TO MARKET, TO MARKET

Ag producers sell their wares at Shawano Farmers Market
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Leader Photo by Lee Pulaski Yvonne Van Lanen, left, displays samples at her Y Salsa booth as Sharon Doro looks them over Saturday at the opening day of the Shawano Farmers Market. The market continues weekly through Oct. 8.

Leader Photo by Lee Pulaski Customers walk along the market route Saturday in search of fresh produce and other items grown by local farmers.

The Shawano Farmers Market was back in business Saturday as almost 30 vendors and hundreds of potential customers took over the front of Franklin Park.

The weather was sunny and warm, which was just fine with Nathan Falk, the market’s coordinator.

“No rain. We like that,” Falk said. “We’re going to be averaging around 30 vendors. Some of the vendors don’t have their vegetables in just yet. We’ve grown in the last couple of years.”

While some of the vendors are brand new, others are veterans of the market. Lesley Nemetz, who was offering maple syrup to customers, is in her second year of selling goods at the market, but she is keeping her appeal fresh by offering a new product — maple-flavored root beer.

She said working at the farmers market has been fun.

“It’s been a good learning experience,” she said.

Nemetz has been harvesting maple syrup in Belle Plaine for five years. She said this year was a good one, harvesting 90 gallons.

Nemetz’s syrup is 100 percent maple. She said adding other flavors diminishes the quality of the maple.

“It can be used as a substitute for other sugars. From a health benefit, that’s important,” Nemetz said. “You can substitute it for sugar in some recipes; my mom makes some amazing maple frosting.”

Becky Wyne, of Bowler, is a new vendor to the market but previously patronized it because of the fresh produce available.

Wyne makes a variety of soaps and sells them on Facebook and through other venues. She took up the craft .

“I watched my mom make them. She made soap and candles,” Wyne said. “It’s a fun hobby. My 3-year-old boy even helps me. It gets him into it, and he likes the soaps.”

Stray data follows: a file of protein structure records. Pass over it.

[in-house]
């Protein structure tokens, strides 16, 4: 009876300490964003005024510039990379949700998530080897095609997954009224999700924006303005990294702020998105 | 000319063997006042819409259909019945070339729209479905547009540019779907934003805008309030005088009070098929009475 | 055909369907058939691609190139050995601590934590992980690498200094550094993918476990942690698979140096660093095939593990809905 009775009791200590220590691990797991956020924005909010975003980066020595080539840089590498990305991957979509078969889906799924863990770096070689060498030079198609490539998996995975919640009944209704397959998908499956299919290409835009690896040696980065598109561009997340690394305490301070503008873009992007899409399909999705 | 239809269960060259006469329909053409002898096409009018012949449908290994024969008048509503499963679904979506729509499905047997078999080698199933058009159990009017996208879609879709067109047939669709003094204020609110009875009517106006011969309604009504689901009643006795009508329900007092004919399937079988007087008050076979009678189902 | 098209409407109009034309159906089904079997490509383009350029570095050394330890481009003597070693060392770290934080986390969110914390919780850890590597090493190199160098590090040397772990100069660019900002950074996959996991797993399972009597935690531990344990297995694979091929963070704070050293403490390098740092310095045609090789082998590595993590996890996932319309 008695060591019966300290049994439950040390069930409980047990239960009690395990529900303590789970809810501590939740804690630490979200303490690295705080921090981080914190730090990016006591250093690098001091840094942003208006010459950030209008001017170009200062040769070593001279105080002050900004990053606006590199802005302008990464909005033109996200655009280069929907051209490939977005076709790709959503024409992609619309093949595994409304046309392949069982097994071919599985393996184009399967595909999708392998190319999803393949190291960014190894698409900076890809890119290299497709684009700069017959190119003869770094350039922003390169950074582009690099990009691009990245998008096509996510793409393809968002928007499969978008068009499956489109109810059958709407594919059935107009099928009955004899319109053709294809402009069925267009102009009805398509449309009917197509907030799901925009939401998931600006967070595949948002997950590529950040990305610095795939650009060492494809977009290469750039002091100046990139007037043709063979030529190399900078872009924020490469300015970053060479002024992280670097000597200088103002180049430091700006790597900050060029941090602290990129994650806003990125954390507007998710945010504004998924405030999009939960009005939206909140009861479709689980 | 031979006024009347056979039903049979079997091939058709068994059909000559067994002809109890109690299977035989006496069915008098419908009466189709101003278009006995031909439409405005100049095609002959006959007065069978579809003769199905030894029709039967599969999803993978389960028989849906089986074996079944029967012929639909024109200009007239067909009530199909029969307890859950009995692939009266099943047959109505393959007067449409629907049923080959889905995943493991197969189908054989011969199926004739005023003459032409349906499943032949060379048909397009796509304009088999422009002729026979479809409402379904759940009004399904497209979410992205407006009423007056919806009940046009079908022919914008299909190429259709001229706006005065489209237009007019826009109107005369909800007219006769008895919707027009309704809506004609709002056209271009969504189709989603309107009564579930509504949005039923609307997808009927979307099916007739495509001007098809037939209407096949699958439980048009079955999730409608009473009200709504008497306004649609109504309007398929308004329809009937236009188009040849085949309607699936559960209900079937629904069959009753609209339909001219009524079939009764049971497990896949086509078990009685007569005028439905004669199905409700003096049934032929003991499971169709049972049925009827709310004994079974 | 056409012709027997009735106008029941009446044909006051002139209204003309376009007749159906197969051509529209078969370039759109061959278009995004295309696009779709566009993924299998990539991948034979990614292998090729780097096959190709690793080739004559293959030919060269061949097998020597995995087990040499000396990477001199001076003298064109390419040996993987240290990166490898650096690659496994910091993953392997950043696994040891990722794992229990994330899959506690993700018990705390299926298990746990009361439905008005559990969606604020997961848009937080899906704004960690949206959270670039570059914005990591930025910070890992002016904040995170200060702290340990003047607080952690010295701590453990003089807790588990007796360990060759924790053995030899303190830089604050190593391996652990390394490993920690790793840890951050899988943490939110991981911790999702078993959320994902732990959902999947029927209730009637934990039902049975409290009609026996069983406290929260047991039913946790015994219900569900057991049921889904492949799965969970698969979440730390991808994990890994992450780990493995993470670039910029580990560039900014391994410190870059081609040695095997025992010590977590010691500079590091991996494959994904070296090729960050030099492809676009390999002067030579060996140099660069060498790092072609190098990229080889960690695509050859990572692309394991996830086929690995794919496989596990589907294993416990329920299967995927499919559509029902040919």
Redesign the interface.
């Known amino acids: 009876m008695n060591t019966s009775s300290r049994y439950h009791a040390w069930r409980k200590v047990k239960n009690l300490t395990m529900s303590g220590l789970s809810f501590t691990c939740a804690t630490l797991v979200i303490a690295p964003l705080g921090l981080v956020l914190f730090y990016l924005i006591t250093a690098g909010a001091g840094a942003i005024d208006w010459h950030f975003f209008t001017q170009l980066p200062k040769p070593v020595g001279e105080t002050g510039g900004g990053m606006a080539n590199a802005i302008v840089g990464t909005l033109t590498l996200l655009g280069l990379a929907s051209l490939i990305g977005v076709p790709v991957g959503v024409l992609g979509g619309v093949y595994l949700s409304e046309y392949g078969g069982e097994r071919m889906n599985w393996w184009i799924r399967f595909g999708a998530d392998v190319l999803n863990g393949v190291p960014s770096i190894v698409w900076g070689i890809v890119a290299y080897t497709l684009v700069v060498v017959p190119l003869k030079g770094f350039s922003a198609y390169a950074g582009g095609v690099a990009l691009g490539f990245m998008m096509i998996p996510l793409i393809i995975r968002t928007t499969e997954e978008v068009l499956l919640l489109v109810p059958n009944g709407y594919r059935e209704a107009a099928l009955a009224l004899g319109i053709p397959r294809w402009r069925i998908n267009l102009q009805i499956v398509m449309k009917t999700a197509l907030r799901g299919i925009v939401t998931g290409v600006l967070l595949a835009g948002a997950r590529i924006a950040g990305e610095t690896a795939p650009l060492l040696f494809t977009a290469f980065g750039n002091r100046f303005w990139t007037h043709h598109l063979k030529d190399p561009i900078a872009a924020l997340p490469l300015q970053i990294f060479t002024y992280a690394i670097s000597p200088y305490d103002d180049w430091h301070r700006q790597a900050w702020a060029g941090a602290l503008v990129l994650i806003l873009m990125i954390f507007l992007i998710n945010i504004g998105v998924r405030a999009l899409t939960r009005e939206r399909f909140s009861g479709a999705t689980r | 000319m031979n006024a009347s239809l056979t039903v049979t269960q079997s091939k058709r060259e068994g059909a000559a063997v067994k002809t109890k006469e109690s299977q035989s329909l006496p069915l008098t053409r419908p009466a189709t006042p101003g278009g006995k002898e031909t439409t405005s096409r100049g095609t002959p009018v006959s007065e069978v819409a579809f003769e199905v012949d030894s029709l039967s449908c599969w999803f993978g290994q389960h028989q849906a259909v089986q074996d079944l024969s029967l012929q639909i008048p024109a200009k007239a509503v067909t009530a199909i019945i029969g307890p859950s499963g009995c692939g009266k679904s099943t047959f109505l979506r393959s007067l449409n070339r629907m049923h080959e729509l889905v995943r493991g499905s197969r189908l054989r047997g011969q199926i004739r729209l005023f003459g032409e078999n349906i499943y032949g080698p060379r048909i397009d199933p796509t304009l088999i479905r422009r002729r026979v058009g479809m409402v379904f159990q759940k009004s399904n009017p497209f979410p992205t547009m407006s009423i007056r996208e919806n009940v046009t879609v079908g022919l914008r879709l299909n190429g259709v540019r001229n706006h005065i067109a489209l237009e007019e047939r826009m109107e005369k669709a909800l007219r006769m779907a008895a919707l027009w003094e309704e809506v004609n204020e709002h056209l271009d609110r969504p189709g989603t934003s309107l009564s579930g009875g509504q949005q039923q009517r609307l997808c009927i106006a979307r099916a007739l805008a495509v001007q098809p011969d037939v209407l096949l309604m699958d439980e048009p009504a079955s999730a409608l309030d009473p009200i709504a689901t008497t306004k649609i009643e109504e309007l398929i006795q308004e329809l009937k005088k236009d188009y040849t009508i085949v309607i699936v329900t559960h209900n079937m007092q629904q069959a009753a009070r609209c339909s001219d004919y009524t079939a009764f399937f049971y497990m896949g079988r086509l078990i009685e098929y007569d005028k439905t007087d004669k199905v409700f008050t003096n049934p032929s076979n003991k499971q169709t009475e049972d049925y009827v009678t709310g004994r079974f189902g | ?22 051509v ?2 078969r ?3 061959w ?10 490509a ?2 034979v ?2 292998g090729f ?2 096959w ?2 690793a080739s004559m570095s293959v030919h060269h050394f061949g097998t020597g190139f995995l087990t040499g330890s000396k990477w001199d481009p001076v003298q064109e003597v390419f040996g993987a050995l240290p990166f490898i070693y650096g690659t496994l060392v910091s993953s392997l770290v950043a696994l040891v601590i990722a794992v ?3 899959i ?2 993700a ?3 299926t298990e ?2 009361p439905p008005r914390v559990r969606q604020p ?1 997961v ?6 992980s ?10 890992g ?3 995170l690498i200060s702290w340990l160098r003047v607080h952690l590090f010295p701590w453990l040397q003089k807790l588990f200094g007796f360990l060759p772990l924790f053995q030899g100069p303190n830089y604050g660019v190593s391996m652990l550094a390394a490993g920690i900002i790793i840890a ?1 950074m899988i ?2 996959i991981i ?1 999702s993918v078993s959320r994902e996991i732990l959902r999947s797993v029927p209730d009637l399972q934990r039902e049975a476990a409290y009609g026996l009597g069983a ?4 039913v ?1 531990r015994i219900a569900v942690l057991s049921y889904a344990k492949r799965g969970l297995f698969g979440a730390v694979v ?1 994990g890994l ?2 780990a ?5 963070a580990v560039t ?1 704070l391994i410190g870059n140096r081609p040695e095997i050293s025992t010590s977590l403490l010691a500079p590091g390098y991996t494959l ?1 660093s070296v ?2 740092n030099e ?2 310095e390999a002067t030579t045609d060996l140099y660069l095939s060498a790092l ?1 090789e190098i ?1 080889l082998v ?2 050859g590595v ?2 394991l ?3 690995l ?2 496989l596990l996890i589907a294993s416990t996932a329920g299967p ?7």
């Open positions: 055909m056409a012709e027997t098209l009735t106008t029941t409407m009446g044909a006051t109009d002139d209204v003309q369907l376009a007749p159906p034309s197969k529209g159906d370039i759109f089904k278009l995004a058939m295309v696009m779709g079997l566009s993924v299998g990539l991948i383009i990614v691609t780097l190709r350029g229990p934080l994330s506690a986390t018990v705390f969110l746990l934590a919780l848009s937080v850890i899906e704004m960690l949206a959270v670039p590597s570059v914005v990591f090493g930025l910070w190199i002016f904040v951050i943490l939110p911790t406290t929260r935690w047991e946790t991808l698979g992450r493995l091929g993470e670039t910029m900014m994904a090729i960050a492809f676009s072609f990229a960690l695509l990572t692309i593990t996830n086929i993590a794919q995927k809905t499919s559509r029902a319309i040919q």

Even in the first hour Saturday, Wyne had a lot of traffic. She said people saw her post on social media that she would be at the market and came early to buy.

Wyne knew her soaps would be a hit because they’re all natural.

“People come to farmers markets because they like homegrown, not mass produced,” Wyne said.

Bruce Beuttel and Jennifer Morris agree with that. They’ve been coming to the market for four years, usually making trips every other weekend to support local farmers.

“We come at least six times during the summer,” Beuttel said.

Morris said she and Beuttel used to have a huge garden at their home in Gresham while their children were growing up, but when they all left home, they decided a garden was not necessary, since there were plenty of produce options at farmers markets like Shawano’s.

“We can just come and buy what we want for the two of us,” Morris said, noting they purchase honey and maple syrup in addition to the produce.

The couple bring their own bags for what they purchase. Morris commented that she was pleased Saturday to find a vendor who makes reusable plastic sealing bags.

“We like that stuff isn’t prepackaged, so we can avoid all the extra packaging,” she said.

Kathy Paddock, of Shawano, has been an eager fan of the market for years, going back to when the market was located in the parking lot of Shawano City Hall. The market made the move to Franklin Park in 2014.

“I don’t come every week,” Paddock said. “We’re fair-weather fans. We just come and make our purchases and head back home.”

Ken and Marilyn Kroenke just moved back to Shawano from Illinois, and on the advice of Richard Sarnwick — one of the market’s founders — they decided to give the market a try.

They were also amazed that there was more than just produce and plants at the market.

“I’m always looking at flowers and vegetables,” Marilyn Kroenke said. “But I saw that there are other interesting vendors here like soaps and jewelry and all that business.”

The Kroenkes were surprised by the size of the market.

“I was thinking there’d be 10, 15 stands,” Ken Kroenke said. “I can see that there’s more than that. We look forward to exploring today.”

The Shawano Farmers Market runs every Saturday from 8 a.m. to noon until Oct. 8.